dwight campbell

Former County Clerk Dwight Campbell talks about a commentary he recently completed on the Biblical book of Revelation.

From 1979 to 1996, if you bought a piece of property or got married in Shelby County, you knew his name.

Dwight Campbell was County Clerk for 18 years and his signature appeared all land deeds, marriage licenses and permits. An unfortunate turn of events forced him to leave his position early. But the cloud had a silver lining, leading Campbell to explore his talent in writing.

With an initial symptom of tremor in his right hand, Campbell soon became faced with the startling revelation that he had Parkinson’s disease, first diagnosed in 1986. With medication, Campbell was able to maintain his position for an additional ten years. But as the medication became less effective, he was forced to take early retirement at the age of 56, leaving the courthouse desk in 1996. Although Campbell has been sidelined he is certainly not out of the game, and has recently finished a commentary on the Biblical book of Revelation, regarded as one of the more complex texts of the Bible.

Campbell’s religious roots go back to his boyhood days. He writes in the introduction of his book, “My father and mother were both students of the Bible, although they only had an eighth grade education. My father taught an adult Sunday School class at our little church. He took the job very seriously…he always seemed to enjoy reading God’s Word, especially the book of Revelation. It was frequently discussed in our home”

After a tour with the military, Campbell returned to Shelbyville, married Anita, and started teaching Sunday School as his father had. But eventually, Parkinson’s made it too difficult for him to continue. Campbell looked for another avenue of self-expression.

Campbell turned his attentions to writing, but he found his handwriting had been reduced to a scrawl. Anita, his wife of 41 years took note of the changes in his penmanship. “He had such a nice handwriting before, but with the Parkinson’s his writing now is very small.” That is when Campbell found an ally in the computer. He spent one-and-a-half years on the 40-page discourse, working at the times he was at his best.

“With the computer I can peck out what I want to say and go back and change it if I need to,” said Campbell. He completed his commentary on Revelation in March of this year. “I had about 25 or 30 printed out and most are gone now.”

Campbell still struggles with words but is able to have clear bursts for several sentences. His gait is slower but fairly steady and his handshake is still solid. He still drives in town some, but sticks to daytime hours.

Campbell recalled, “It got to where I was having trouble with Dyskinesia, involuntary body movements. It usually starts on one side and moves to the other.” Initially, medication effectively controlled the tremors. Campbell said, “That was the best period I have had with this. People couldn’t even tell I had it.” But after time, the tremors resurfaced and caused Campbell much discomfort and loss of sleep.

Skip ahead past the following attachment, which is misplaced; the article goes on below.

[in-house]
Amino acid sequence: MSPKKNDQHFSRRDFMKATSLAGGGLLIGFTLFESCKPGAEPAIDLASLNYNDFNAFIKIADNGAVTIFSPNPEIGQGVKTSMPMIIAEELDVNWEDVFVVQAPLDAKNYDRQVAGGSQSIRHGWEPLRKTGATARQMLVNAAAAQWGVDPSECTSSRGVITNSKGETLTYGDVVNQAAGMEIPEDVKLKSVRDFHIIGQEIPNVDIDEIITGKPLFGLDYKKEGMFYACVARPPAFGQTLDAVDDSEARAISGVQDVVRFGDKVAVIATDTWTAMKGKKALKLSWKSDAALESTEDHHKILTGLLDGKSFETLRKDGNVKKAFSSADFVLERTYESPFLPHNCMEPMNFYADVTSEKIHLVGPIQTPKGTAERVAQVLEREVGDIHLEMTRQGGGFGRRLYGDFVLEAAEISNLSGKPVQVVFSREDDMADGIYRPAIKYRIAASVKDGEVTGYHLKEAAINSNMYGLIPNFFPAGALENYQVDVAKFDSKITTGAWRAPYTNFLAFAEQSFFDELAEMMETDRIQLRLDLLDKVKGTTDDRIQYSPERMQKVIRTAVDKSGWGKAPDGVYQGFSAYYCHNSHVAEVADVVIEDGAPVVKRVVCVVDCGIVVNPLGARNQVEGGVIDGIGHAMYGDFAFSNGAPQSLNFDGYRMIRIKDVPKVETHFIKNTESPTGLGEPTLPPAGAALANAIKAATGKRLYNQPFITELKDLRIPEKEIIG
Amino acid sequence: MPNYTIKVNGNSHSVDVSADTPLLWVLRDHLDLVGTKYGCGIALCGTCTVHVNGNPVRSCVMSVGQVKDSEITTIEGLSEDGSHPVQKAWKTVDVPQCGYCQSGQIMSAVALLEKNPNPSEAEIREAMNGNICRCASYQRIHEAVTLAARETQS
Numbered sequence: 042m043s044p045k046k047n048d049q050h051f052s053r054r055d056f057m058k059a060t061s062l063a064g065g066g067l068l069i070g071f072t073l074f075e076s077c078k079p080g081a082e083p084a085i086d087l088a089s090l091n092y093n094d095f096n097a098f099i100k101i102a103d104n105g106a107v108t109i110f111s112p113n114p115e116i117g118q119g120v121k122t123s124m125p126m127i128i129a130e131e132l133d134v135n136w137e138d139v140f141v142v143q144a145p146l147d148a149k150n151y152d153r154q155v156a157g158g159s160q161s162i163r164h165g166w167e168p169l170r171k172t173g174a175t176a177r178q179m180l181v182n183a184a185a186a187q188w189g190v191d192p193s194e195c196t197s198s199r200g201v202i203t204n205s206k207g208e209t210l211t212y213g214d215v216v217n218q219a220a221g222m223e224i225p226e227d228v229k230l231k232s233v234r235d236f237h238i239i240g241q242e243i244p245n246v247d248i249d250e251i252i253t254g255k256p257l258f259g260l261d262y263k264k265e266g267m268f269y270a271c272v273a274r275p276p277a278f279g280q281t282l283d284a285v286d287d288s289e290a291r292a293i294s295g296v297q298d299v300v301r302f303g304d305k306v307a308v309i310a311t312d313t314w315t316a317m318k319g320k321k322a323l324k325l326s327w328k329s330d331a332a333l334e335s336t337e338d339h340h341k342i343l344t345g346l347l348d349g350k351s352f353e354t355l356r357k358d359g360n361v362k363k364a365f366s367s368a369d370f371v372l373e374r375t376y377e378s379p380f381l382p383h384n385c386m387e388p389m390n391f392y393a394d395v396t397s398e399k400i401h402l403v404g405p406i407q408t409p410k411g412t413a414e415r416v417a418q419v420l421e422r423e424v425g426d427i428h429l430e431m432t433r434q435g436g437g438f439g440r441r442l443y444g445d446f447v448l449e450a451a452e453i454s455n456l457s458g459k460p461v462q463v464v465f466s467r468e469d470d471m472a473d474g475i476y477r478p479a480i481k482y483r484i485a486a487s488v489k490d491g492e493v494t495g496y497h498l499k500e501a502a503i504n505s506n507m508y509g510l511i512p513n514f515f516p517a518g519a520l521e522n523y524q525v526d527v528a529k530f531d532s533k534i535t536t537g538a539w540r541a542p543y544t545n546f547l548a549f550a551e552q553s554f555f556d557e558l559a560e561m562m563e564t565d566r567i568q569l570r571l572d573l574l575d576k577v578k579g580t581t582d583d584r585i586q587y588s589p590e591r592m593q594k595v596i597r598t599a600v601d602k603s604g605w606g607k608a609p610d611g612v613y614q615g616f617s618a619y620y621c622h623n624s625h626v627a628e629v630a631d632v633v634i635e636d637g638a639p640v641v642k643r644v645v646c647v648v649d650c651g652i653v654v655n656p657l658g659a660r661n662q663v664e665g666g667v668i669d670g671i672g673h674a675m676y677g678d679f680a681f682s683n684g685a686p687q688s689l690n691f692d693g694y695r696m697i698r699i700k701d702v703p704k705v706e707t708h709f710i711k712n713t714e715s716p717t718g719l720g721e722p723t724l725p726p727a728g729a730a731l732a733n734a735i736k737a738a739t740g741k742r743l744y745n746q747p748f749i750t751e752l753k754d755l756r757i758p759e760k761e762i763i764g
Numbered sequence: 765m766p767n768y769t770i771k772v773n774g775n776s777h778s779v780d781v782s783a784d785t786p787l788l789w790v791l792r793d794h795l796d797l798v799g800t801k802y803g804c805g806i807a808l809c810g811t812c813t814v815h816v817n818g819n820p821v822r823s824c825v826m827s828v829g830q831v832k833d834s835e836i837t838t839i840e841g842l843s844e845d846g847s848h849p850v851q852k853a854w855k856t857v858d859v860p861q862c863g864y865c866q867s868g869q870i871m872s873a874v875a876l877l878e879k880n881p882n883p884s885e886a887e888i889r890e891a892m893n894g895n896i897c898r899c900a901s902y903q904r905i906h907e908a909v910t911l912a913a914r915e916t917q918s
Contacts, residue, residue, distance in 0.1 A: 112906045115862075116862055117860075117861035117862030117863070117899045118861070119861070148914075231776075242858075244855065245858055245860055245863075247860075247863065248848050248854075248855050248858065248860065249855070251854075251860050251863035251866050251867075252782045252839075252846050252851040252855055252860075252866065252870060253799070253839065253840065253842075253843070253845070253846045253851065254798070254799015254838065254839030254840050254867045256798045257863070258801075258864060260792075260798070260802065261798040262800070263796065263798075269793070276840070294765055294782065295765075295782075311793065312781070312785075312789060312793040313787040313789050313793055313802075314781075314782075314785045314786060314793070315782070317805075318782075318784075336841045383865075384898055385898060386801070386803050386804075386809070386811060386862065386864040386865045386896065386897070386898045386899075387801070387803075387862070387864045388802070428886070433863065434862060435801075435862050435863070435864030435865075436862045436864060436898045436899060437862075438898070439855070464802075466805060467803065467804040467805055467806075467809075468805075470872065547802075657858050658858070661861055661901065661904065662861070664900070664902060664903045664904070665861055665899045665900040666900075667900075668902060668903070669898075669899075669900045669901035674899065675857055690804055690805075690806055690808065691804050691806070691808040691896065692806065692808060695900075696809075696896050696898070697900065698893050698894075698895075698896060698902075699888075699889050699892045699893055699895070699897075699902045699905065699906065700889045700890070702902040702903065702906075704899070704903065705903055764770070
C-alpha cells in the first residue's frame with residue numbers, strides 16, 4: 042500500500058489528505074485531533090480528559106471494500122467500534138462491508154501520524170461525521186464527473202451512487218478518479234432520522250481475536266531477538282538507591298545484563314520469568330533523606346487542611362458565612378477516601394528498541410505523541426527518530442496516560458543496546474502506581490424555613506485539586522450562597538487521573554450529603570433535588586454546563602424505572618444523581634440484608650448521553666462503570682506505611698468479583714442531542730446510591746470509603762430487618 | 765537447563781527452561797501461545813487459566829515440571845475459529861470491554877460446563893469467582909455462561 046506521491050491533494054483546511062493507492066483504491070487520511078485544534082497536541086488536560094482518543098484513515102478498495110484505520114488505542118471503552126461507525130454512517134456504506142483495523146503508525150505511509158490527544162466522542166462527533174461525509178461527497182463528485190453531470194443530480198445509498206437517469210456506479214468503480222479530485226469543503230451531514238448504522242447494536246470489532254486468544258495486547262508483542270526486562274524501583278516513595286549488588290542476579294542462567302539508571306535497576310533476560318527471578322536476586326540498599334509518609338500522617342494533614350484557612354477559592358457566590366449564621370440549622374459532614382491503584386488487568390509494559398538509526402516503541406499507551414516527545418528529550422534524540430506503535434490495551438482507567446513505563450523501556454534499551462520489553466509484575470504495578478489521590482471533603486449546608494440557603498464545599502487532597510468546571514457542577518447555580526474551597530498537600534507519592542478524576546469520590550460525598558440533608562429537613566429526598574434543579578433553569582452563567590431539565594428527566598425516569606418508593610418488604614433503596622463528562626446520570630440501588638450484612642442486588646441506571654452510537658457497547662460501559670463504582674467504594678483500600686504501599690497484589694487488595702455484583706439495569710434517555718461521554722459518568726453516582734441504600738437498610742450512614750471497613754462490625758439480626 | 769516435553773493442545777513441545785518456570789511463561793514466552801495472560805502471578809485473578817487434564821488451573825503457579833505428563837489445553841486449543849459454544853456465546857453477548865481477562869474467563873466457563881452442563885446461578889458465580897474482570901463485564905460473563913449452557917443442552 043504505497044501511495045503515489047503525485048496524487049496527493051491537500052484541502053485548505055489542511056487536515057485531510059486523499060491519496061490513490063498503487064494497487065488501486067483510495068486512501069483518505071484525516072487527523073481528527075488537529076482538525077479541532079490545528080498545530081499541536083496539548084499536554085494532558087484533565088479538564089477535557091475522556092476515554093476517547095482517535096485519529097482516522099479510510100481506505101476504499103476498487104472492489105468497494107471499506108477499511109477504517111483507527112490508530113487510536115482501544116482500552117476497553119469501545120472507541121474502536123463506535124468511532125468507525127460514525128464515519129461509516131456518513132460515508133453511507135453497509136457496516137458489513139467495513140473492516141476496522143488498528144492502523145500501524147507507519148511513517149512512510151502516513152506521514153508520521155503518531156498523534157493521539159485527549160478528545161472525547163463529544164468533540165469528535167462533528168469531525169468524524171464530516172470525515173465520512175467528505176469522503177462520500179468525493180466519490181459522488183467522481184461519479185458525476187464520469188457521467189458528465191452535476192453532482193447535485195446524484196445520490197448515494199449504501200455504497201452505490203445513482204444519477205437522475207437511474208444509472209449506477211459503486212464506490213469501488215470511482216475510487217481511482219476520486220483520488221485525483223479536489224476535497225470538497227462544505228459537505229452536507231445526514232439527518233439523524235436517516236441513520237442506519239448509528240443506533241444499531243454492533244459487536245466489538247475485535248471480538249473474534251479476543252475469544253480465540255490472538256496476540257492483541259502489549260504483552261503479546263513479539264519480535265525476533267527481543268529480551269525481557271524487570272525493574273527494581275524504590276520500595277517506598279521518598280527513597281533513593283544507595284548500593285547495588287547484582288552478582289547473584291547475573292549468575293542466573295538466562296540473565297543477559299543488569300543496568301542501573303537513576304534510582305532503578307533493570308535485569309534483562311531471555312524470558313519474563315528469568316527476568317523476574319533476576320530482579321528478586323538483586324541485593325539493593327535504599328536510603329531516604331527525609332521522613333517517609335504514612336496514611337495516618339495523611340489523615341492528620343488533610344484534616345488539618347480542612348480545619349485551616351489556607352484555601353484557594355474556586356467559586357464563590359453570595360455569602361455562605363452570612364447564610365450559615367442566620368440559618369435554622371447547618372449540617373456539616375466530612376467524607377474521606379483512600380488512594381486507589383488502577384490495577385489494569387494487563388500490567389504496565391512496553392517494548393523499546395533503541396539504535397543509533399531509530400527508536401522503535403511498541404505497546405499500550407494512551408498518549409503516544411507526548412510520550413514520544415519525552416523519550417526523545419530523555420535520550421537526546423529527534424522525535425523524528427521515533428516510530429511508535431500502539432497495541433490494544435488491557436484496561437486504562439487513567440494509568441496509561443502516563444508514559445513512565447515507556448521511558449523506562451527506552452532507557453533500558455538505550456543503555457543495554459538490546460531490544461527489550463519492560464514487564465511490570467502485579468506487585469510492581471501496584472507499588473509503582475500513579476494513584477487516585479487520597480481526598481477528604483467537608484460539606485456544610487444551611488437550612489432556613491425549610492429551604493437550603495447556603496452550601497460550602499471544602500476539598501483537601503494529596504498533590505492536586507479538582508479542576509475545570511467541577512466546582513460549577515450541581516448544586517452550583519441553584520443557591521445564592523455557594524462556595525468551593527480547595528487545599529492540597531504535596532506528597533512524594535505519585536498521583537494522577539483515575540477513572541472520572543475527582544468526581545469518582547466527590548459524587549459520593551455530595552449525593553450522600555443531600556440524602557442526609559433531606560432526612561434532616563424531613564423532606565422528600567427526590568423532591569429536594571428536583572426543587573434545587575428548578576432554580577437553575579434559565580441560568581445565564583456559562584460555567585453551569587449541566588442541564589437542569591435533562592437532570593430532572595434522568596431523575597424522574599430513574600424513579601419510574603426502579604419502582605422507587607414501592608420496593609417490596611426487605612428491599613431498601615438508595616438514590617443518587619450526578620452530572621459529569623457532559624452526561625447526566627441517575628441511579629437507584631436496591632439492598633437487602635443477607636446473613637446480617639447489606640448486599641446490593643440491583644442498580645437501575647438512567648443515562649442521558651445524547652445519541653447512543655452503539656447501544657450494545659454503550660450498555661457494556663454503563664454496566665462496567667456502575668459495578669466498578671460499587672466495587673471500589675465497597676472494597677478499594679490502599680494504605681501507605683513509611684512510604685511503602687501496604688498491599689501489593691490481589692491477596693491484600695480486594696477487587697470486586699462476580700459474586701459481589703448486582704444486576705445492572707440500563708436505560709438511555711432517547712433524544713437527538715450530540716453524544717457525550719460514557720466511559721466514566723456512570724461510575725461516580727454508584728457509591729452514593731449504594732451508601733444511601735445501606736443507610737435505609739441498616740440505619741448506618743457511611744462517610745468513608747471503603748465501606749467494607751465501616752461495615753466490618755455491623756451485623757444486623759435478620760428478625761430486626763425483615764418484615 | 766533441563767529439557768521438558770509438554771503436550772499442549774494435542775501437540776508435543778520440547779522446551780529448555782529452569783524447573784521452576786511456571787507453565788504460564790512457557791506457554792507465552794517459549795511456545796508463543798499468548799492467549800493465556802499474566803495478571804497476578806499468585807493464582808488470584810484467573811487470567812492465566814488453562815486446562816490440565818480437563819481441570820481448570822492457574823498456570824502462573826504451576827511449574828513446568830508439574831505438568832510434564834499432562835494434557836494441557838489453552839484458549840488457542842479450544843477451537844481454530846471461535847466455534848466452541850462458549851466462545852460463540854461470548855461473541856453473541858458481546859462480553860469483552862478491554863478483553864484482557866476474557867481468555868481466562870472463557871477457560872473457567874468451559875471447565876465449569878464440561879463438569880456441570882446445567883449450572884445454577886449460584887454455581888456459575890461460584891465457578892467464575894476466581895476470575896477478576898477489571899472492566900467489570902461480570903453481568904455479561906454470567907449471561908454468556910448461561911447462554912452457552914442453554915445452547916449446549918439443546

Finally, in 1997, Campbell went in for a delicate surgery called a Pallidotomy. According to the Mayo Clinic, “The surgery is delicate and exacting. To do it safely, the neurosurgeon must know precisely where to make the lesion. Being off by only a few hair widths can cause visual loss or paralysis. To make absolutely sure they have the right spot, they insert a fine probe, thin as a strand of hair. Doctors painstakingly find the area of the brain that controls the arm, leg or face movements and then tailor the surgery to the area that gives the patient the most problems.”

Campbell came out of the surgery with some big improvements. The tremors were reduced and he could sleep at night again. But Campbell is aware of what he has. “Parkinson’s is a progressive disease. I recovered from that (surgery) pretty well then my left side began acting up again. But the procedure is far too risky to chance a second time.”

This has Campbell standing at a crossroads. Gene therapy is the latest treatment on the horizon, but, as Campbell said, “It is too new. Nobody knows what the long-term outcome of this is going to be.”

Another option Campbell has considered is deep-brain stimulation. “It is sort of like a pacemaker in your brain,” said Campbell. “They insert a probe into the deep brain recesses and it works as a stimulator or interruptor of brain signals, relaxing the symptoms of Parkinson’s.” But Campbell is concerned with some of the adverse side effects from that procedure as well, citing that the probe must be frequently adjusted and that sometimes the brain signals can ‘freeze’ causing the user to fall or become temporarily immobile.

For right now, Campbell is playing a wait-and-see game, keeping his eyes and ears open for new developments and medications. Until then, he is content with his writing and making do.

Campbell said his inspiration for writing a bible commentary came from personal reasons. “I sort of feel like the Lord has given me the insight to write this book. My hope is that Christians might read it and be encouraged in their faith and understanding of the Bible. For those who have never read the Bible, this book might lead them to Christ and an understanding of end-times prophecy. I hope this will be a motivational book for all.”

Through it all, Campbell has not lost his sense of humor. His next project will be an autobiography to pass along to his two daughters, Karen and Marsha, and son, Kevin. Campbell said his introduction will begin with, “I came from my mother and father.”

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